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Si for CodeTips

Posted on • Originally published at codetips.co.uk on

# What is a switch statement?

A switch statement evaluates a condition and provides multiple decision points, depending on the value.

In previous articles we've discussed the if statement and if/else statement. The example we discussed, to showcase multiple decision points, was to check the weather and decide what shoes to wear.

``````if (raining) {
// put on wellies
} else-if (snowing) {
// put on snow boots
} else-if (sunny) {
// put on sandals
} else {
// stay indoors
}
``````

We're only evaluating three outcomes, `raining`, `snowing` and `sunny`, with an `else` statement to catch every other type of weather, and it's already quite hard to read.

What if we wanted to create a check on something with more possibilities, for example checking the day of the week and performing the appropriate chores?

``````// Get the current day of the week
var day = getCurrentDay()

if (day == "Monday") {
// Perform Monday chores
} else-if (day == "Tuesday") {
// Perform Tuesday chores
} else-if (day == "Wednesday") {
// Perform Wednesday chores
} else-if (day == "Thursday") {
// Perform Thursday chores
} else-if (day == "Friday") {
// Perform Friday chores
} else-if (day == "Saturday") {
// Perform Saturday chores
} else-if (day == "Sunday") {
// Perform Sunday chores
} else {
// Unknown day
}
``````

We're still not evaluating that many outcomes, but it's getting increasingly difficult to read. Imagine if we took this a step further and evaluated the week number and needed to evaluate 52 outcomes.

Enter the `switch` statement. It is very similar to an `if` statement, in that it takes a condition and provides multiple decision points, but it's much easier to read and maintain.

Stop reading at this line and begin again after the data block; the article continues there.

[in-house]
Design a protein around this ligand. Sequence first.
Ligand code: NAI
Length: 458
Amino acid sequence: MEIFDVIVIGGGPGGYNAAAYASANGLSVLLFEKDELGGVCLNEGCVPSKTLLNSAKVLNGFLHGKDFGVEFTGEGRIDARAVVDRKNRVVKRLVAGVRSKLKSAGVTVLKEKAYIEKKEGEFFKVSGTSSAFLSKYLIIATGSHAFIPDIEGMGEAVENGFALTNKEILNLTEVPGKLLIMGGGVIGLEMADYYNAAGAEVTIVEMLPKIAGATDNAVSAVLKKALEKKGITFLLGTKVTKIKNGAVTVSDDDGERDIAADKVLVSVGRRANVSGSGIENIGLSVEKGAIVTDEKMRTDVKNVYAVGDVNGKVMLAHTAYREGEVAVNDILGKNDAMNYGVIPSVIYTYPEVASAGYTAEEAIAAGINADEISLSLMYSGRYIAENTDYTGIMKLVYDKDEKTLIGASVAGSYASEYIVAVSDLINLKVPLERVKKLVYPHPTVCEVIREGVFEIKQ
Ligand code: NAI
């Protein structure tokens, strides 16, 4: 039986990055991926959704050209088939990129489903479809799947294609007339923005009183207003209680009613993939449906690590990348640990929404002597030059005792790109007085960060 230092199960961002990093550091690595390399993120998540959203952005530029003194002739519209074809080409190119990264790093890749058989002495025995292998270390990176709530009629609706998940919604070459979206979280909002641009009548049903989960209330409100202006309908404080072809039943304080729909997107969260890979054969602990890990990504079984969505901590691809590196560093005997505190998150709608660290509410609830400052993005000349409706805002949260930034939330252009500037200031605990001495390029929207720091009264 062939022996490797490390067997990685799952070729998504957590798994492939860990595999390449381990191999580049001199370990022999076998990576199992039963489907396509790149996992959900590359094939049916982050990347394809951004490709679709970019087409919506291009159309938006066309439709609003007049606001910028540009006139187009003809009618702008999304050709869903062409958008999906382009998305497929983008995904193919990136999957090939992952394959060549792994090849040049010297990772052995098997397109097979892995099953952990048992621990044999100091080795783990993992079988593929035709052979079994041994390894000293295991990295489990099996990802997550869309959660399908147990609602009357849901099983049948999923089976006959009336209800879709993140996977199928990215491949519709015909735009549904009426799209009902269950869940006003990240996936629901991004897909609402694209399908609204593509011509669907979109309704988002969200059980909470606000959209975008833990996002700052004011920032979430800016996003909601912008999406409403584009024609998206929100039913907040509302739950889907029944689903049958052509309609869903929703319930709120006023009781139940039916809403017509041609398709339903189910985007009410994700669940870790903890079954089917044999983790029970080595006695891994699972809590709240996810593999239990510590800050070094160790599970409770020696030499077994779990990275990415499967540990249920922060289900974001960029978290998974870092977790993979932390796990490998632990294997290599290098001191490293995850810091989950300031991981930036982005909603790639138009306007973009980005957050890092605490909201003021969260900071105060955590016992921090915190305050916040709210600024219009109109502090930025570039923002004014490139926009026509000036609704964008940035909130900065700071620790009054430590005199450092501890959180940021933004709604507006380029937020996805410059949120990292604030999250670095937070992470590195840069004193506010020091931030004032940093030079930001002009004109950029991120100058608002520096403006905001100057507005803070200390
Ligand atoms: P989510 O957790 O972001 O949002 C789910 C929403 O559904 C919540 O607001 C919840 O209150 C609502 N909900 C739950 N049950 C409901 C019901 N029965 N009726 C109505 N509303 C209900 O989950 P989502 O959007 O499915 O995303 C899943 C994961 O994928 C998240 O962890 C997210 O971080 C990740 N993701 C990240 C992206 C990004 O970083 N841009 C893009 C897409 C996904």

Let's take the day of the week example from above and convert it to a switch statement.

``````// Get the current day of the week
var day = getCurrentDay()

switch (day) {
case "Monday":
// Perform Monday chores
case "Tuesday":
// Perform Tuesday chores
case "Wednesday":
// Perform Wednesday chores
case "Thursday":
// Perform Thursday chores
case "Friday":
// Perform Friday chores
case "Saturday":
// Perform Saturday chores
case "Sunday":
// Perform Sunday chores
default:
// Unknown Day
}
``````

The finer details of how to write `switch` statements will be discussed in future language-specific articles, but the concept is the same as an `if` statement; it checks a condition ( in this example the value of `day` ) and checks it against each `case` statement. If the condition matches the `case` statement, it will evaluate the code in that section.

Just like an `else` statement, the `default` statement in a `switch` provides a catch-all for anything that doesn't match any of the `case` statements.

Thanks for your explanation @devdrake. I want to ask, how much does a 'break' keyword affect the switch statement execution?

Si

Hey Anusionwu,

The `break` statement will end the execution of the switch statement. Without it, every condition will be checked (similar to having multiple `if` statements instead of an `if/else if/else` statement.

Does that make sense?

Yes it does. Thank you very much.